Don’t rush things, especially if you are dealing with unemployment. Being unemployed understandably causes anxiety and can leave you feeling panicked and desperate. Give yourself a few weeks to come to grips with this unexpected change. Use the time to consider where you want to go next in your life. Once the sting wears off, you can move on to the serious work of re-evaluating your priorities and finding a job that best uses your talents.
 
Examine your inner self. Whatever your reason for switching career paths, take some time to really look inside yourself and gain a deeper awareness of who you really are. Sometimes we are under so much pressure to excel, to meet other people’s expectations, or to pay the bills that we lose touch with who we are inside. Reflect on your past experiences, where you’ve been and what you’ve learned. What do you still want to learn?
 
Self-exploration is an important part of the process. We are all multi-layered, multi-talented people. These talents can be applied to many different positions, not just one. To learn more about yourself and what positions will best utilize your skills, research other professions and experiment with them. See if there are opportunities to shadow a person working in a field you are you interested in.
 
Ask others for help. Tell them what you are looking for. Ask them what strengths and talents they value in you. It is a good idea to ask them for names of people who may be in a positon to help you. When you reach out in this way, you are sending the message that you are valuable. An added bonus is that people, especially those who love you, like to help! Helping makes them feel important and needed, especially when they are needed by a competent individual with the courage and humility to ask.
 
Focus your search. As you research other fields, start to narrow your options. Success will hinge on finding a career that is compatible with your personal qualities and goals. When considering a job option, make sure it meets your criteria.
 
Make a decision and stick with it! Don’t wait too long, getting trapped in an endless cycle of “What ifs.” Once you’ve found your new job or career, evaluate your decision. Do you feel good about the move? What would you do differently next time? What factors contributed to your success?
 
Remember that not everyone wants or needs a major change. Some people want a smaller shift in their career path. If the prospect of changing careers completely is so daunting that your stomach is churning, you can’t sleep, or you have a constant headache, your body is trying to tell you to forgo the risk. Instead, try to find value in what you already do. Focus on how you help people or what you enjoy about your current job. Find balance in your life by maintaining out-of-office relationships and interests.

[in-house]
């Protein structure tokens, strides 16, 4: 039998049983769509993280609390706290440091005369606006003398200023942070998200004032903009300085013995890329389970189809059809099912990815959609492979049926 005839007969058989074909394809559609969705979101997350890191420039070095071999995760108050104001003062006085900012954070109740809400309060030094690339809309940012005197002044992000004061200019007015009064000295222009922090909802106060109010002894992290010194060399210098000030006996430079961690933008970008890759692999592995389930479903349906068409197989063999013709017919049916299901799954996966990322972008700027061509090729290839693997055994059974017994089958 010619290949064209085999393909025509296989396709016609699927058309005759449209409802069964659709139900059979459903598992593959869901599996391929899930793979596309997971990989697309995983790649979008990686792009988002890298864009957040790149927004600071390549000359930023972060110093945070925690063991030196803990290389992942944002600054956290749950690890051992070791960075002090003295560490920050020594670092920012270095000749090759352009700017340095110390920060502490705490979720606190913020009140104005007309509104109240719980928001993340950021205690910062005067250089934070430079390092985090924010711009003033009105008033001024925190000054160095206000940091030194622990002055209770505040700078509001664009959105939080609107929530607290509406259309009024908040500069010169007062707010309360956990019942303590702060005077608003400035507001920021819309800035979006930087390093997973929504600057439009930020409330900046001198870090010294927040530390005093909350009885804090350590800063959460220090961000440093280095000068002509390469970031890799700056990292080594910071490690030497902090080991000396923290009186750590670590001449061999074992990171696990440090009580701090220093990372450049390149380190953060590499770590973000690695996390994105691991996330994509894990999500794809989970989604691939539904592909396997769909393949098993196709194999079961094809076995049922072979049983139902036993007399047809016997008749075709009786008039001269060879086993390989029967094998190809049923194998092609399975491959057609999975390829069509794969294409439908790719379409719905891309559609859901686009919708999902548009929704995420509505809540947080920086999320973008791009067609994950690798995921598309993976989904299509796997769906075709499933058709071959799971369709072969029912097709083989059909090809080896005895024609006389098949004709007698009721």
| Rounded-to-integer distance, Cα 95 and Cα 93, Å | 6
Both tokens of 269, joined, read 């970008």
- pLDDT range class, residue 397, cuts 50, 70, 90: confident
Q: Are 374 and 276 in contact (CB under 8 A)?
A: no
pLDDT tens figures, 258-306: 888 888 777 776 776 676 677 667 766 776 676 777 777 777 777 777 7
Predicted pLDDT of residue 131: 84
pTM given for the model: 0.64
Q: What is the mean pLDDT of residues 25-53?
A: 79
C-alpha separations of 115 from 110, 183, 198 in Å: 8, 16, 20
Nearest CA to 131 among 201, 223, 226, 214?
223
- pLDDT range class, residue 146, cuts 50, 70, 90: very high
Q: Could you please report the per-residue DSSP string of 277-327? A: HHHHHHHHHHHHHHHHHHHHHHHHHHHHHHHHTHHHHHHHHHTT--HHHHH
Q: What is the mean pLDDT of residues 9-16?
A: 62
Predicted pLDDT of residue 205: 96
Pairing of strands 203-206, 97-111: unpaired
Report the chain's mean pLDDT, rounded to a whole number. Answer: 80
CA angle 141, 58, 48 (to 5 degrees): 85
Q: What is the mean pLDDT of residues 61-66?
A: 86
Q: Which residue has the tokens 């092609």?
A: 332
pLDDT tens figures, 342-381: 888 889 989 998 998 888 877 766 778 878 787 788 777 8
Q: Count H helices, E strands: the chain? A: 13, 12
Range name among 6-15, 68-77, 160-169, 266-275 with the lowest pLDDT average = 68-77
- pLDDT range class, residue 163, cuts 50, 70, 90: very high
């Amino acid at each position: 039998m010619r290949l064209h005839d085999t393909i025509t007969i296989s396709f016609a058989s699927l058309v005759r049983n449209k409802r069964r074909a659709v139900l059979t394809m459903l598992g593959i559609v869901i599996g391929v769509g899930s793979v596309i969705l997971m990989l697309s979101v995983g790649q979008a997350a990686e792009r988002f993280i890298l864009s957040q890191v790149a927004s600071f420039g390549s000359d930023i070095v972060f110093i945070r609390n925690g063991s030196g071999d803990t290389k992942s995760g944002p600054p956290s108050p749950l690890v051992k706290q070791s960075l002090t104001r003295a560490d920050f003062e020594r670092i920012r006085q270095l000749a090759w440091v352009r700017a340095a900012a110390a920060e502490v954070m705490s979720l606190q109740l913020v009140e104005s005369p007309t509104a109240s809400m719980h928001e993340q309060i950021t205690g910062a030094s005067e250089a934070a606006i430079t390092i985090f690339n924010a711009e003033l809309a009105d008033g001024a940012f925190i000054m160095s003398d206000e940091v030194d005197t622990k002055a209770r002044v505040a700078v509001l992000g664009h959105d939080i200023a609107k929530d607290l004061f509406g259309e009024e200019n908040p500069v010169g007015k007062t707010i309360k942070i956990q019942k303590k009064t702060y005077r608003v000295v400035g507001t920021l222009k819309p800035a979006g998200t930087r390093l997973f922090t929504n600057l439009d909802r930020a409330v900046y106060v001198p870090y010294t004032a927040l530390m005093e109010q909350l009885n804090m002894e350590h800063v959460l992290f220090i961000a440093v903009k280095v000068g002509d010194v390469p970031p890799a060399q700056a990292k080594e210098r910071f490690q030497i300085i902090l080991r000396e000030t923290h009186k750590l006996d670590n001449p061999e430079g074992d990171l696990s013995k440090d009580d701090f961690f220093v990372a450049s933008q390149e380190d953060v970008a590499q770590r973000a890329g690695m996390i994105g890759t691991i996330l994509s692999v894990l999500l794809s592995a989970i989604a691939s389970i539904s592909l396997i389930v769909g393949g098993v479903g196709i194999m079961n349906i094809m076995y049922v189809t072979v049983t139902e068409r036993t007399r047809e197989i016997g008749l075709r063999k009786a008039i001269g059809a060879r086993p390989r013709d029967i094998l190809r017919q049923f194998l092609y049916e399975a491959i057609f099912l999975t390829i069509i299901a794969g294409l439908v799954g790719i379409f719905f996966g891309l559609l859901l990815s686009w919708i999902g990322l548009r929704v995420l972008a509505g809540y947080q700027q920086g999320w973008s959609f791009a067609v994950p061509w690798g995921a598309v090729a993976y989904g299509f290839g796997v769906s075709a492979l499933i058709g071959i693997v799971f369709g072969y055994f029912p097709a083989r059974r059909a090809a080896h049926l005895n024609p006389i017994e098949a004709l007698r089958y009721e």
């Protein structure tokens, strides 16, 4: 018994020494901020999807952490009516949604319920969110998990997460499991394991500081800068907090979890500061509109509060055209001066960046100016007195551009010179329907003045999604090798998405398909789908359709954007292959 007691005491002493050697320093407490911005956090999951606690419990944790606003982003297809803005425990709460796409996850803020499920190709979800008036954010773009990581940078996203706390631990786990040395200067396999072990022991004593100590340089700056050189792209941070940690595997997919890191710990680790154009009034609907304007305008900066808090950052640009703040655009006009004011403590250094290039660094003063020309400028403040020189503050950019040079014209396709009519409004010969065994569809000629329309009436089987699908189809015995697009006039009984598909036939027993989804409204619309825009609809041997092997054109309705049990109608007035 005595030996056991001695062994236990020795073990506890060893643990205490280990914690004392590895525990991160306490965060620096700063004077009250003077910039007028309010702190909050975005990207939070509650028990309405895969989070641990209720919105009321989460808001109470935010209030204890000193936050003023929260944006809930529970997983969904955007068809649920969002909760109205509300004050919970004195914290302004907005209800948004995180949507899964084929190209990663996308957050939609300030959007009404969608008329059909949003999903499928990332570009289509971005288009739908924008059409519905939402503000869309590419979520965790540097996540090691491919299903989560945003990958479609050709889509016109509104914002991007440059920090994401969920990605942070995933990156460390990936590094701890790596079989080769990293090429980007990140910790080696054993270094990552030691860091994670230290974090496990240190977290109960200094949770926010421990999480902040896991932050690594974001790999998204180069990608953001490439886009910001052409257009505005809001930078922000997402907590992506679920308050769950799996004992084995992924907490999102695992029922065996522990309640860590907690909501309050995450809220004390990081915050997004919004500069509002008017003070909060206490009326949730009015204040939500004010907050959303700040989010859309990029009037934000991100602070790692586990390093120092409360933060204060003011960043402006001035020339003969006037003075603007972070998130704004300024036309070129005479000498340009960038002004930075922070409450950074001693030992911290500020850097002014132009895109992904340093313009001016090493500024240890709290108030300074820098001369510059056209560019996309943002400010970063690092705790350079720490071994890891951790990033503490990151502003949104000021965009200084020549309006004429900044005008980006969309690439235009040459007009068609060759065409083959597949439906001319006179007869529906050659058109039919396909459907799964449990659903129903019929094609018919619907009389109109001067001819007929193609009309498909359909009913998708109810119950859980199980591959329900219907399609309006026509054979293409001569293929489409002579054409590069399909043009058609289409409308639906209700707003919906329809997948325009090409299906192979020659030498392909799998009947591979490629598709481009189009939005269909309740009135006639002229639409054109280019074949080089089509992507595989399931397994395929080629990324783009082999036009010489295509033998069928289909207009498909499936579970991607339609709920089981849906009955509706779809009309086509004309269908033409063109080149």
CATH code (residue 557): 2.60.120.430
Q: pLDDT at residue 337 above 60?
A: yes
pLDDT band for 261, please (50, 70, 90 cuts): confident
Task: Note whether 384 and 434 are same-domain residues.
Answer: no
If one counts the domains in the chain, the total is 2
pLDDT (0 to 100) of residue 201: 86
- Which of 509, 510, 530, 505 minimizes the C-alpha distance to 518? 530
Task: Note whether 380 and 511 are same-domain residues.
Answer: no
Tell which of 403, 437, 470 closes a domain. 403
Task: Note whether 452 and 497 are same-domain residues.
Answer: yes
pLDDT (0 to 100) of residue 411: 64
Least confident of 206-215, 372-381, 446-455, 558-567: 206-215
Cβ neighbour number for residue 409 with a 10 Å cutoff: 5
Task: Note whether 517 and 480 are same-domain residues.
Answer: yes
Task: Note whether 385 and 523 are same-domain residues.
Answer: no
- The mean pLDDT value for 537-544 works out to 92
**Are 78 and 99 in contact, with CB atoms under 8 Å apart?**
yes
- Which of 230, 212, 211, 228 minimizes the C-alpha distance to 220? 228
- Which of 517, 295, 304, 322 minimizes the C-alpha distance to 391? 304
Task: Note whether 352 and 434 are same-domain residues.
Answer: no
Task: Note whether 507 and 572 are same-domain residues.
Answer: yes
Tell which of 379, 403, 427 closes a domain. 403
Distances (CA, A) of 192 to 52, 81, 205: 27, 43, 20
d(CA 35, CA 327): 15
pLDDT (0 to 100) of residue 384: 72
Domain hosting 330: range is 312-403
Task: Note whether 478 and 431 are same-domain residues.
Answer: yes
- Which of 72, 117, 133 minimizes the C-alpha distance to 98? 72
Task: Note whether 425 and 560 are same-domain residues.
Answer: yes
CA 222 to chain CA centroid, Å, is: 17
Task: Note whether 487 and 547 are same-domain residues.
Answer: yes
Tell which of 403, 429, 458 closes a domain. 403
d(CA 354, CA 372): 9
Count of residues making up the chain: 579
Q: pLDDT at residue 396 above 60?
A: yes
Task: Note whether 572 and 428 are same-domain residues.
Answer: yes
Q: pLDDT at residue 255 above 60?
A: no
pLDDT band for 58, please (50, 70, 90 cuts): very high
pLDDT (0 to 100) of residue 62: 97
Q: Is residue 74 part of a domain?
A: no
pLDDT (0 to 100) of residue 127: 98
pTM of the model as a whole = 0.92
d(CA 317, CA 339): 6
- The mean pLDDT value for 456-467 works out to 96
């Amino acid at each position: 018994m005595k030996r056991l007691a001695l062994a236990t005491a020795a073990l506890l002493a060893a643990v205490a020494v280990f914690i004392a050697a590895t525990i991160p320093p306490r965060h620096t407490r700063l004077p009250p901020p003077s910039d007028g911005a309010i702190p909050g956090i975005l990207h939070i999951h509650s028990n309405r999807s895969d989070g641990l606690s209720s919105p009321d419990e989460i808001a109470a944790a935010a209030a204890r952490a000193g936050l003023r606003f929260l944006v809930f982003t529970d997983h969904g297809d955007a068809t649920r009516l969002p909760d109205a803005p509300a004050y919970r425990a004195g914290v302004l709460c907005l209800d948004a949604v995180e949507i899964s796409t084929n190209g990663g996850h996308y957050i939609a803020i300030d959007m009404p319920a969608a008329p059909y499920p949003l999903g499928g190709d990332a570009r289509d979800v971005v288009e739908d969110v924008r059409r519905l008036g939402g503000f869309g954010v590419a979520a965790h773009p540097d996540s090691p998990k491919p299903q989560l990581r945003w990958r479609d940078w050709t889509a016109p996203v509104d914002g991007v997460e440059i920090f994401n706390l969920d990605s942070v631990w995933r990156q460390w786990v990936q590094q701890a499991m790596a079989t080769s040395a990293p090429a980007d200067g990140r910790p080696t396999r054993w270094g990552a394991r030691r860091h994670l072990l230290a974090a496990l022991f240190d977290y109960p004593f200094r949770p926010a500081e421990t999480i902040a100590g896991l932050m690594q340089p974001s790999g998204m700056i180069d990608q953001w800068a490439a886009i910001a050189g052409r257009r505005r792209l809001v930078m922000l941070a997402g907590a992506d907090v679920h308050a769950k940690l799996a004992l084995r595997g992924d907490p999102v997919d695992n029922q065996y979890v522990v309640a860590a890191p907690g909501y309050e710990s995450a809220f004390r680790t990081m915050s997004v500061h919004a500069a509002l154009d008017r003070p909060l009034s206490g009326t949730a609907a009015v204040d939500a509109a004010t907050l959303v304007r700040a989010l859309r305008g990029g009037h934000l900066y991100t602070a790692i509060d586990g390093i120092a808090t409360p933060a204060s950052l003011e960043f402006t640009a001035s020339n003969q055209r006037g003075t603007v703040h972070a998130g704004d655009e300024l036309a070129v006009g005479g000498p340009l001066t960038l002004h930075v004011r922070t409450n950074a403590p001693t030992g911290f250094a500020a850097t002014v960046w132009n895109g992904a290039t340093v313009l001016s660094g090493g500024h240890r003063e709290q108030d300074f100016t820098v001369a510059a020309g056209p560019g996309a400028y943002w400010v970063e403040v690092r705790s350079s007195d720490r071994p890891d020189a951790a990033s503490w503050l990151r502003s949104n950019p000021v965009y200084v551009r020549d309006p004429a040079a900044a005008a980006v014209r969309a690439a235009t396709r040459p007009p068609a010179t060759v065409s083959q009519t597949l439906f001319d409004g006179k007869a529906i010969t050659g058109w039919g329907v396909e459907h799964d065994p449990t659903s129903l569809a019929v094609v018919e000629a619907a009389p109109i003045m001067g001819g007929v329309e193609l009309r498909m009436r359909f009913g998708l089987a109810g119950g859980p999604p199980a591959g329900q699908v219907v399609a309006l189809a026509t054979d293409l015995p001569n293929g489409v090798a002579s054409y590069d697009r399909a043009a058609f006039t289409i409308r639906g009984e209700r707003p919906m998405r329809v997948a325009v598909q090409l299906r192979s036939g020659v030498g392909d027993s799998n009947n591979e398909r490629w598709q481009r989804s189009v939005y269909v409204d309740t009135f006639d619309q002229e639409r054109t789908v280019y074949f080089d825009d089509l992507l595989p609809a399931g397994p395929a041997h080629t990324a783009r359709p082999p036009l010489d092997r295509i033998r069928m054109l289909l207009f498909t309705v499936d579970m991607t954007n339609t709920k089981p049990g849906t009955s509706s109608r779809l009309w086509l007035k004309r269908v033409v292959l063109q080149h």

If you decide to go ahead with changing your job, you will experience some level of insecurity and apprehension. Try to think of the uncertainty as an opportunity for growth and learning. Instead of trying to control or eliminate it, view this uncertain time as a necessary part of your transition. Let yourself experience the feelings and work through them naturally.
 
You may decide that you would benefit from professional assistance with your career planning. I can help you get to know yourself and your priorities so you can make the best decision for where you are now. If you live near Portland OR/Vancouver, WA, please contact my office to schedule an appointment.

5 Ways to Ensure That a Mid-Life Change Doesn’t Turn Into a Crisis

Tuesday, January 17, 2017


Businessman jumping from one rock to anotherWe’ve all heard about the stereotypical “mid-life crisis,” a time when people act out their frustrations with life in seemingly crazy ways. Maybe you know someone who dropped a lot of money on a pricey convertible, had an affair, or walked away from a perfectly good job. Or maybe an entrepreneur who took an uncalculated risk or decided to start three new businesses at once. Perhaps this risky behavior secretly sounds somewhat alluring to you?

What is it about the period of mid-life that causes some people to react so “crazy”?